Liked by 2 people

  13. Regarding footnote 19, the ski resorts in Colorado had some of the earliest non-East Coast cases, thanks to white people bringing it from Europe. My FILs nursing home closed down *way* before any widespread lockdowns because of that.

    So much for Hoyt’s purity.

    Liked by 2 people

    • I faintly recall that ski resorts in Colorado also ended the season early and sent remaining holidaymakers home.Plus, ski resorts heavily spread the virus early on. I think a third of all early European cases can be blamed on a single ski resort in Austria, where infected staff members spread the virus in packed bars.

      Liked by 2 people

      • I think it was an Italian skier who had the first reported case in Colorado. He was definitely the case that locked down my FIL’s nursing home (up the interstate from Hoyt’s house), and probably others. The Italian might have gotten it from Austria, directly or indirectly. This was 3 weeks to a month before the major lockdowns happened in March.

        Probably about the same time she posted the fact-free rant in footnote 19, since I clearly remember they locked down so MIL couldn’t visit for Valentine’s Day, which naturally made her sad she couldn’t be with the only man she ever dated.

        Apparently Hoyt doesn’t even follow her local news. Quel surprise.

        Liked by 1 person

    • I’m in Colorado too, and it took a weirdly long time (from my perspective, which is decidedly non-expert) for the virus to get out of Summit County and into Denver. I was surprised.

      Also, I had not heard of Declan Finn’s adventure before this Debarkling, and I am amazed. Aside from everything else already mentioned, my favorite part is where he complains that he’s been awake for 12 hours and is tired, even though he’s also been sitting in an airport for that whole time and could have probably tried to sleep (I realize some people just can’t sleep in airports, but that’s not a detail that he provides).

      Liked by 3 people

              • Three Days of the Disrupdoor: A Sad Puppy and his companion leave the Florence airport to pick up lunch from the American Embassy, and return to find that everyone has been murdered  closed up and gone home because of the pandemic, and the next-to-the-last plane out is already out on the runway. They panic and push through a door onto the tarmac, where they are chased by evil Carabinieri brandishing carbines who are trying to kill them  demanding that they pay €4,000 Euro or be held prisoner indefinitely.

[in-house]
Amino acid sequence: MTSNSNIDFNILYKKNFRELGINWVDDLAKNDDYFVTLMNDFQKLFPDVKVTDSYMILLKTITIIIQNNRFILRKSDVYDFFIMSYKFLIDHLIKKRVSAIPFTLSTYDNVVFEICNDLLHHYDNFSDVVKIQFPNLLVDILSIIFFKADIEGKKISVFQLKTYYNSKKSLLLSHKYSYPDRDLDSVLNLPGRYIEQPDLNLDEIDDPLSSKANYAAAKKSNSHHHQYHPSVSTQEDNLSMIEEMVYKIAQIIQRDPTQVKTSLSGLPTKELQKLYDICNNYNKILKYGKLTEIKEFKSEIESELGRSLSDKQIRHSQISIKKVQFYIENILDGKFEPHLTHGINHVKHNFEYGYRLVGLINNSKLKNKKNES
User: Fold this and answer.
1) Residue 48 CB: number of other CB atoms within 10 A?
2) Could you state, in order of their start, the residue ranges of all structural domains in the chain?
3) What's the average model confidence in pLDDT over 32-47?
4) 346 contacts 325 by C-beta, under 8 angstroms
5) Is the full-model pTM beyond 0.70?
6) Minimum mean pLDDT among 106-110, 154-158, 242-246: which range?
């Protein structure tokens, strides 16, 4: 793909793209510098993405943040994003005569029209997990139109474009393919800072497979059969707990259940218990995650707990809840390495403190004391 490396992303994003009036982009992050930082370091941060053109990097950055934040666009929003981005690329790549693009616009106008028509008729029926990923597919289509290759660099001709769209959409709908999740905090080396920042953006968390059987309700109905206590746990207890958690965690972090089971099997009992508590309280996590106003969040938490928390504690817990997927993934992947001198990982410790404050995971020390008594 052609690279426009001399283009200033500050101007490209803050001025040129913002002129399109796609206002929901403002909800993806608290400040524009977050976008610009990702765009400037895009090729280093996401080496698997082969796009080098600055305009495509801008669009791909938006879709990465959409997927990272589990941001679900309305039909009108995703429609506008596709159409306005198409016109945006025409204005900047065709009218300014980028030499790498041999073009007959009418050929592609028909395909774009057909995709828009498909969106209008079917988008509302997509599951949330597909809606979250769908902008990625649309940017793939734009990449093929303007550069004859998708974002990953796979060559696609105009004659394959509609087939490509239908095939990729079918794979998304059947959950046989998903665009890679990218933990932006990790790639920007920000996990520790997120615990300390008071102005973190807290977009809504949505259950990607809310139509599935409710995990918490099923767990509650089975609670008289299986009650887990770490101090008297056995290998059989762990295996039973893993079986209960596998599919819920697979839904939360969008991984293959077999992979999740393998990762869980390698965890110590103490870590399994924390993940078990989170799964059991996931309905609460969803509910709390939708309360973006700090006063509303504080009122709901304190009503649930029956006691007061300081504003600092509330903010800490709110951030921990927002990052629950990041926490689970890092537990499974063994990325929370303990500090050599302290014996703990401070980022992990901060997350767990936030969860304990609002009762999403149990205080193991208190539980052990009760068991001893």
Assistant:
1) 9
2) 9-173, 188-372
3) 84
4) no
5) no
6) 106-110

It turns out that the Pope’s last mass in Rome was actually a coded message about a rogue operation to persecute reactionary SFF writers, and the Italians were attempting to eliminate the monolingual Puppy who had witnessed it without realizing what it meant, so that the world would never find out that all of Italy hates reactionary SFF writers and intends to make their life a living hell. But the Puppy spoils their plan by escaping on the last plane out of Italy and releasing the story on his blog, where it is read by all 37 subscribers. The rest of the world remains blithely unaware of the Pope’s nefarious plan, which continues unabated.

                Liked by 2 people

        • “Aren’t people generally awake for more than 12 hours on a daily basis?”

          To be fair to Declan (never thought I’d say that) a mid-day nap can be a thing of beauty. Not every day though. And usually only if I’ve done an early morning yoga class or something. Not, like, been sat around waiting for something, doing very little.


        • He was saying 12 hours after having had less than 4 hours’ sleep the night before, and while frustrated in an airport. I can see it feeling like a ridiculous and exhausting stretch, even as I note almost all of it was self-imposed. I find air travel disproportionally exhausting when everything is going well, and I have never tried to breach airline security while deciding to fly to a place hit hard by a Pandemic.

          Liked by 3 people

          • I’ve had some harrowing airport experiences, usually ending up in pain, no sleep AT ALL before/on a trans-Atlantic one (I think I pulled about 3-4 hours’ broken sleep in 36 or more), and several times getting the last plane of the night out of wherever to wherever, but I’ve never once been tempted to breach airport security, even before 9/11, even when sitting on the hard floor of an airport gate area surrounded by all my stuff and many other cranky people. None of which was my own doing, it’s always been planes diverted/unavailable or cancelled/late because of severe weather.* Yet I managed to suck it up and not whine during or afterwards.